Former Navy Financier Went “All In” to Man Up the World of Fiber Art

“Everyone needs a hug,” says Tony Embrey. Photo by Matt Rose

Tony Embrey’s textiles transcend gender. And that’s by design.

He laughs playfully about the name of his business and signature garment — Man-Made Textiles and the “mandana hug” cowl. After all, he says, weaving has always been gendered. It may call up men in the textile mills of the last century, but more likely we think of women makers at their looms. And of course, very few of the handmade wearables one finds at contemporary galleries and fairs are designs for men.

Man-Made Textiles seeks to fill this niche. As Embrey says, “I want to do something that’s gender neutral so that it could appeal to a man or a woman of whatever age. So that’s how I came up with my original product.”

The weaver never repeats a pattern. Photo by Matt Rose

The mandana hug is a structured yet fluidly draped alpaca and silk scarf/bandana hybrid. Less bulky than a traditional scarf, it was inspired by Embrey’s love of motorcycles to cover the space between helmet and jacket. But it looks equally at home with a business blazer, on the hiking trail, or even on a formal night out. The menswear patterns, like herringbone, and the pops of bright silk bridge gendered expectations. Handmade buttons add a touch of whimsy.

Though Embrey often wears his hugs and uses a male mannequin and models, his mom also models the hug. The maker says his designs speak directly to his love of the outdoors. Throughout his high-powered career — working for the Navy as a civilian for 37 years, in accounting and finance — walking in the edge of the Pacific was a regular habit. He would go to the woods just to admire nature up close. “I used to take pictures of the bark on trees. I’d find myself lost in pattern.”

Retiring in Asheville, Embrey was finally able to pursue his art full time, and with great seriousness. Because he was nearing 60 when he entered the professional crafts program at Haywood Community College, his teachers assumed he was doing it mostly for fun or as a side project, not as a full-time business. “But I was 100 percent all in,” he says.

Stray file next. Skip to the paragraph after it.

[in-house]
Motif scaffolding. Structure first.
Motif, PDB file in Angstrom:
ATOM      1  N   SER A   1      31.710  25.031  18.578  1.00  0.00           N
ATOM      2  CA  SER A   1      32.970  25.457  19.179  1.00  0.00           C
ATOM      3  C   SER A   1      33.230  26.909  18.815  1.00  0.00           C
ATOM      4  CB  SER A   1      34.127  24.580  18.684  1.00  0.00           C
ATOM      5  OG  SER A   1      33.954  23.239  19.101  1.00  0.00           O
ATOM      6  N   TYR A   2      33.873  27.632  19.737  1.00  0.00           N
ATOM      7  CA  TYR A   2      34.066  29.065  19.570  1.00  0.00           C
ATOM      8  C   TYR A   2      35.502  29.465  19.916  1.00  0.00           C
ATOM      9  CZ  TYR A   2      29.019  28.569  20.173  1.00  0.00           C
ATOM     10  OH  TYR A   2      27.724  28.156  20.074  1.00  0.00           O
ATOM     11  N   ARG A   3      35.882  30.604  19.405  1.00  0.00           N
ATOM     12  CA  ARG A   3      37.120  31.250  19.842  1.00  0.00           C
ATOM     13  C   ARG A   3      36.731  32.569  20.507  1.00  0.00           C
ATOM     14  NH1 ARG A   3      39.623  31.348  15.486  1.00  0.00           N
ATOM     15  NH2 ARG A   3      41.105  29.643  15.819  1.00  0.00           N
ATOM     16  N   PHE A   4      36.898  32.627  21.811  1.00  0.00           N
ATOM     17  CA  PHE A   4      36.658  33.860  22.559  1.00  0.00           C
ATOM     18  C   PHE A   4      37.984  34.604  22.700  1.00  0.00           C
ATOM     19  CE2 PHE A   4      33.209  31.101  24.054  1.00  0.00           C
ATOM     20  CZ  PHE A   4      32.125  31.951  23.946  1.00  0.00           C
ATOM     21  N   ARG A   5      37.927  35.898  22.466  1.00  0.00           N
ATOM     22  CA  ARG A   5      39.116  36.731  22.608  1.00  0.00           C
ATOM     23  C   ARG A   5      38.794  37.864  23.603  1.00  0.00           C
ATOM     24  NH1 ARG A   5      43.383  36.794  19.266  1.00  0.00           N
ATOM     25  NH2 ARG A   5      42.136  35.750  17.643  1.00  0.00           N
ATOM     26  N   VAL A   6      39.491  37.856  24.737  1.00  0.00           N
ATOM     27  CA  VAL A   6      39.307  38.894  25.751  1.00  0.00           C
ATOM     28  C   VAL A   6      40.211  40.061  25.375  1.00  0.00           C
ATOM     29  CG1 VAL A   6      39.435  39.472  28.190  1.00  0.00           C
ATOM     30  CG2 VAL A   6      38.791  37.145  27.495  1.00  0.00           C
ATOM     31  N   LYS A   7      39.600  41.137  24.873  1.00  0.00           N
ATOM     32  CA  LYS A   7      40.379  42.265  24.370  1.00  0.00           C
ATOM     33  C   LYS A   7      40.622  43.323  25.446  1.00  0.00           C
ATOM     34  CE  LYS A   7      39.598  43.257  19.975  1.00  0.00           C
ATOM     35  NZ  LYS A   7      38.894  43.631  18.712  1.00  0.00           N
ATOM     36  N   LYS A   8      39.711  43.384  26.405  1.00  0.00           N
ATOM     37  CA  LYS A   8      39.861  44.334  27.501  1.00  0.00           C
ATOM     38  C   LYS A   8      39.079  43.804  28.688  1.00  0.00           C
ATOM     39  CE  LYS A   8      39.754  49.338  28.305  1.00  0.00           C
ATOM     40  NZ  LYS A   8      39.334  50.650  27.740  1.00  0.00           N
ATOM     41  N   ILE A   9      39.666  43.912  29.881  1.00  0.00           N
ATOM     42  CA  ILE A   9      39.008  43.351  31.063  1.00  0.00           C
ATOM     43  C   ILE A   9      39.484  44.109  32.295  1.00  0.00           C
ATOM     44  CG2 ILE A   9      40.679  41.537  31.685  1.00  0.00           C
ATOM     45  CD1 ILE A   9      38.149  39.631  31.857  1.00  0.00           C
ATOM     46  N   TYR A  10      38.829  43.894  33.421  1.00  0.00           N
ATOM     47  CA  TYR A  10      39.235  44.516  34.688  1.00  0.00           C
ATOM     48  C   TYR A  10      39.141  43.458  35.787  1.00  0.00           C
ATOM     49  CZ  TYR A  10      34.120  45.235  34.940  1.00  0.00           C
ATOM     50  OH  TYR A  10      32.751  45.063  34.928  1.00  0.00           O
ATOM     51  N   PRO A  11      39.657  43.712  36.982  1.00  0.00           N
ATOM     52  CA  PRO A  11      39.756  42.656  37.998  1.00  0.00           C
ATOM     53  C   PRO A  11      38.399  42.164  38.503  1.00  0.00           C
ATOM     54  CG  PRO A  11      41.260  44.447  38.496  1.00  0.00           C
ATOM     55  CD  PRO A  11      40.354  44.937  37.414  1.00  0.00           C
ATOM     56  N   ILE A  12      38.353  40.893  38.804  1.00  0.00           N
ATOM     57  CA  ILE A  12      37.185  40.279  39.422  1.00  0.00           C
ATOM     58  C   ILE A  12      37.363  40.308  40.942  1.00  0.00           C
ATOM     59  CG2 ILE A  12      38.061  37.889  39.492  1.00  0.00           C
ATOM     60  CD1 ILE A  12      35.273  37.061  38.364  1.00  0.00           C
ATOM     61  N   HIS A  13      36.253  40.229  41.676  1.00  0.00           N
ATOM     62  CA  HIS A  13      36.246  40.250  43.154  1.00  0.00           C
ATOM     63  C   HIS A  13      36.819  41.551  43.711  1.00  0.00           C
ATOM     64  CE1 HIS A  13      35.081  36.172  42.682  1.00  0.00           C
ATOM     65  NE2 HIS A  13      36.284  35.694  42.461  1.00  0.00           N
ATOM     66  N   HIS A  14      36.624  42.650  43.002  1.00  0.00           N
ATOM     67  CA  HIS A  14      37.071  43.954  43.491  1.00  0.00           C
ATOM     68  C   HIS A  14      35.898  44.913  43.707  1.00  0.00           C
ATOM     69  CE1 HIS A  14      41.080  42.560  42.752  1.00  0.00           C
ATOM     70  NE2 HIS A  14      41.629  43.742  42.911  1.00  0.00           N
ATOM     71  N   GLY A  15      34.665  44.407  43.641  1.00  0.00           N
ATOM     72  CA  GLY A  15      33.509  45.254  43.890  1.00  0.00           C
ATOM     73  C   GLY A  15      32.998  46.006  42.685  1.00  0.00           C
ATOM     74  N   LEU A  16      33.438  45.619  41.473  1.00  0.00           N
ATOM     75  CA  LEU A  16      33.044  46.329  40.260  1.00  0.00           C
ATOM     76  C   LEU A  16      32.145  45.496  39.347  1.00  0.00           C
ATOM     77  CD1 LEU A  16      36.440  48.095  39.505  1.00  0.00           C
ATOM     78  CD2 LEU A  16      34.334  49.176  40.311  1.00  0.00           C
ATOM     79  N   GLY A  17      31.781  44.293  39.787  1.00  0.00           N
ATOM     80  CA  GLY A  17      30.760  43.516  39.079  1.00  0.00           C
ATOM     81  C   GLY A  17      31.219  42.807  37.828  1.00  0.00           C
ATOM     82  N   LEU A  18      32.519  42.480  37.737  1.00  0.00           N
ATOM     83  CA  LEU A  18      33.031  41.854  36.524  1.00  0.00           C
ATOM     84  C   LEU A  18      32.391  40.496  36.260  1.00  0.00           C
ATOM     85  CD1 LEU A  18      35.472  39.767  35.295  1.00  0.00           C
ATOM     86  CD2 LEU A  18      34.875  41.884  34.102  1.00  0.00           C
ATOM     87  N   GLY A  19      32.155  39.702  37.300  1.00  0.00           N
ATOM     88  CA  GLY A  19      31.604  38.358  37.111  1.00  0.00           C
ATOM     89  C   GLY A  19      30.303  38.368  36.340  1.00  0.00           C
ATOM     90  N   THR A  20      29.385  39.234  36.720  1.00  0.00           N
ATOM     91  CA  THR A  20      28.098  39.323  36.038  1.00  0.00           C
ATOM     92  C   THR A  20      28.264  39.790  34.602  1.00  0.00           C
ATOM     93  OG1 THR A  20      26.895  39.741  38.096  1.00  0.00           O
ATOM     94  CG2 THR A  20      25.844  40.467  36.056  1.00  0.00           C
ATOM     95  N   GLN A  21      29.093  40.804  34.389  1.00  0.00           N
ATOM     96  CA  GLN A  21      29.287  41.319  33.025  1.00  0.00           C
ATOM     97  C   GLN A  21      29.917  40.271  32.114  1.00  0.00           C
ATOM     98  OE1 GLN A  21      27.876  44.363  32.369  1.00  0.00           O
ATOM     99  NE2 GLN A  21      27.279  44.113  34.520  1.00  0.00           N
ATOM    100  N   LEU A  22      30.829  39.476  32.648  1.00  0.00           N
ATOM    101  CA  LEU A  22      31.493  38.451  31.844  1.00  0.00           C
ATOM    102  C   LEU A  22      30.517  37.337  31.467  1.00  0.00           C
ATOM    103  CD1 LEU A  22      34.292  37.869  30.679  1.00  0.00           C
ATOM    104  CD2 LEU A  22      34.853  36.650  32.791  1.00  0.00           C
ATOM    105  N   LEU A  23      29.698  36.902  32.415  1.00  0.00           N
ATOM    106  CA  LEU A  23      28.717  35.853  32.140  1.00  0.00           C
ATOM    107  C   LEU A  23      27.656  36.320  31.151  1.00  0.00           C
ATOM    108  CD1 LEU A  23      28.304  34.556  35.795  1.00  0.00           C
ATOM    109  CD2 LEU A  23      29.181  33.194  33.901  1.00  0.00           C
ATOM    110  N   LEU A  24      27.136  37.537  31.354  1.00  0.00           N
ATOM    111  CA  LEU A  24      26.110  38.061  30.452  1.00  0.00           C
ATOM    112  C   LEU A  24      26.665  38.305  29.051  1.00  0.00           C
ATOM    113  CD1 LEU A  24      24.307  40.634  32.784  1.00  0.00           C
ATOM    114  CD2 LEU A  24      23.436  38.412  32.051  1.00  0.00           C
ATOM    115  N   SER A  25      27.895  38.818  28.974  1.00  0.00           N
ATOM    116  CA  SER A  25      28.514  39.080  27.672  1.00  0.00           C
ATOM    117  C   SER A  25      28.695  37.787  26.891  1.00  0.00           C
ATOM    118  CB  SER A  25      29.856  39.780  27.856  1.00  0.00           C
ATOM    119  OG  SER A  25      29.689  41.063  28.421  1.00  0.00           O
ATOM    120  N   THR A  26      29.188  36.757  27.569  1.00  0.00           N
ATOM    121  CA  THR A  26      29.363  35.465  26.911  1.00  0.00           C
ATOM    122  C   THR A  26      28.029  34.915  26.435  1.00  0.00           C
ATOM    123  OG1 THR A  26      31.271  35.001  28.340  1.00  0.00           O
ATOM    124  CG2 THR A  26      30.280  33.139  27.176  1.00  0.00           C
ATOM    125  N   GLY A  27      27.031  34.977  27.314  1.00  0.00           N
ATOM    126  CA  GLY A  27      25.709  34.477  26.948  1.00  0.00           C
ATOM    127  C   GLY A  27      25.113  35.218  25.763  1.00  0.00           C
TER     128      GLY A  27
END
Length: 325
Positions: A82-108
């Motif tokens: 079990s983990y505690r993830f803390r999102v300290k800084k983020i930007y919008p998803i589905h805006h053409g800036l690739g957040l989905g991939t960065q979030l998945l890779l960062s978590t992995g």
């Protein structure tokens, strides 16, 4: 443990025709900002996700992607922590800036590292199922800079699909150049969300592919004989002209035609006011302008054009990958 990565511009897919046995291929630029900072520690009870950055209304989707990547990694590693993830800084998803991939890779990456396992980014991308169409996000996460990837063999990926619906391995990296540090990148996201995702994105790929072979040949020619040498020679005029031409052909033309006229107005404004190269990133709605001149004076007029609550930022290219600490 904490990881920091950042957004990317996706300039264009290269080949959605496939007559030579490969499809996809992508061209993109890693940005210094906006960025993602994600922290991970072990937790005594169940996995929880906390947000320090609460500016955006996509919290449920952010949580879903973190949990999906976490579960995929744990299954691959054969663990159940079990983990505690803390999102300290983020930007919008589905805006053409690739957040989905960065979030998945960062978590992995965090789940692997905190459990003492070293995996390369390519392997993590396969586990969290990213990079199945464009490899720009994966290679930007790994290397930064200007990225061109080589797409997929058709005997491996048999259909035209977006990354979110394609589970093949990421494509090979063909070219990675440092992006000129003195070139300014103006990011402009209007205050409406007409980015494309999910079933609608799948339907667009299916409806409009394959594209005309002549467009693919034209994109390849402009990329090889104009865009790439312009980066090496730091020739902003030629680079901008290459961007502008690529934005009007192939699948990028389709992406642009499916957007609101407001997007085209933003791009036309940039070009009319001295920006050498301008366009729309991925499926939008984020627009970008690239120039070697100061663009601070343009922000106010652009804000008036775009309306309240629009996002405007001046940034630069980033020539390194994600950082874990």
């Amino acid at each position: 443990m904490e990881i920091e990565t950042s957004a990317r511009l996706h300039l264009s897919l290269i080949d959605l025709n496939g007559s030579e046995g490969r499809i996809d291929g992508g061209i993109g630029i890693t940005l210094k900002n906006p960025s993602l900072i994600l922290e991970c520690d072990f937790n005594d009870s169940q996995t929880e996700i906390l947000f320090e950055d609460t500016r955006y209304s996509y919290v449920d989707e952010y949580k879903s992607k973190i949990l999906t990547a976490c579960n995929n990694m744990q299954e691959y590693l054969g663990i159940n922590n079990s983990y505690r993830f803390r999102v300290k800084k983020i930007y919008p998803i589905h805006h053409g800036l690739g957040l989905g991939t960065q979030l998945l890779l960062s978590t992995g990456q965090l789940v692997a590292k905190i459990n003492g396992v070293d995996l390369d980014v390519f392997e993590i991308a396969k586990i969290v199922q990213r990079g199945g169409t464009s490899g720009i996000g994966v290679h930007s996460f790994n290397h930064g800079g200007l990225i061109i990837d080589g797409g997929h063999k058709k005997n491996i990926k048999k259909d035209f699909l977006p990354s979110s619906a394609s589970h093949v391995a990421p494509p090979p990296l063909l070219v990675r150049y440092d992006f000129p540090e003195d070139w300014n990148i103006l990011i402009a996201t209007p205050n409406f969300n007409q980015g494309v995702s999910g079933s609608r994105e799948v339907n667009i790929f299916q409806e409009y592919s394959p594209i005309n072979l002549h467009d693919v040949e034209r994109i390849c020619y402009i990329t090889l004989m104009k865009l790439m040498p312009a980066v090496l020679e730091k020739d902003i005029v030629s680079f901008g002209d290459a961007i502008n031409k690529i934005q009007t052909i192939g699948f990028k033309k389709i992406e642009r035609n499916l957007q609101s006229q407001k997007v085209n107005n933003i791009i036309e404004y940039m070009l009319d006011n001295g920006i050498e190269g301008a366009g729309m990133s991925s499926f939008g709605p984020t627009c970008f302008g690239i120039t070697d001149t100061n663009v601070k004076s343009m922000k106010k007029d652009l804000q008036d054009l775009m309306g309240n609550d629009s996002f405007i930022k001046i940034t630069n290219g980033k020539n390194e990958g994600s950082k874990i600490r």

Photo by Matt Rose

A visual repetition, as well as the surprise that breaks the pattern, quickly became a signature of his work. And he weaves these patterns in natural fibers and hues, like the dozens of colors of alpaca he works with — shades of cream, silver, black, and brown. For bright colors, he dyes silk and weaves it into the pattern.

In addition to age and gender divides, Embrey hopes his products will span generations to become heirlooms. To that end, he uses a different pattern each year to create collectible pieces that will not be repeated.

This season, Embrey is adding new pieces in silk, cotton, and linen, working with techniques like woven Shibori, and adding vests and wraps. But his hugs are the bulk of his collection, in summer weights and colors, as well as in a new pattern for the fall season. “They’re hugs,” he says, “because everybody needs one.”

Even successful crafters, sometimes. Early on, Embrey admits, he wondered why he was so bent on making it as a studio artist when he “could be traveling around the country or relaxing on my deck with a glass of wine.” But that’s just not Embrey’s style of retirement. In breaking the stereotypical pattern of the fiber artist, “I learn something new every day,” he says.

Man-Made Textiles, in Fairview and at Red House Art Gallery & Studios (310 West State St., #15) in Black Mountain. For more information, call 828-774-9592 or see

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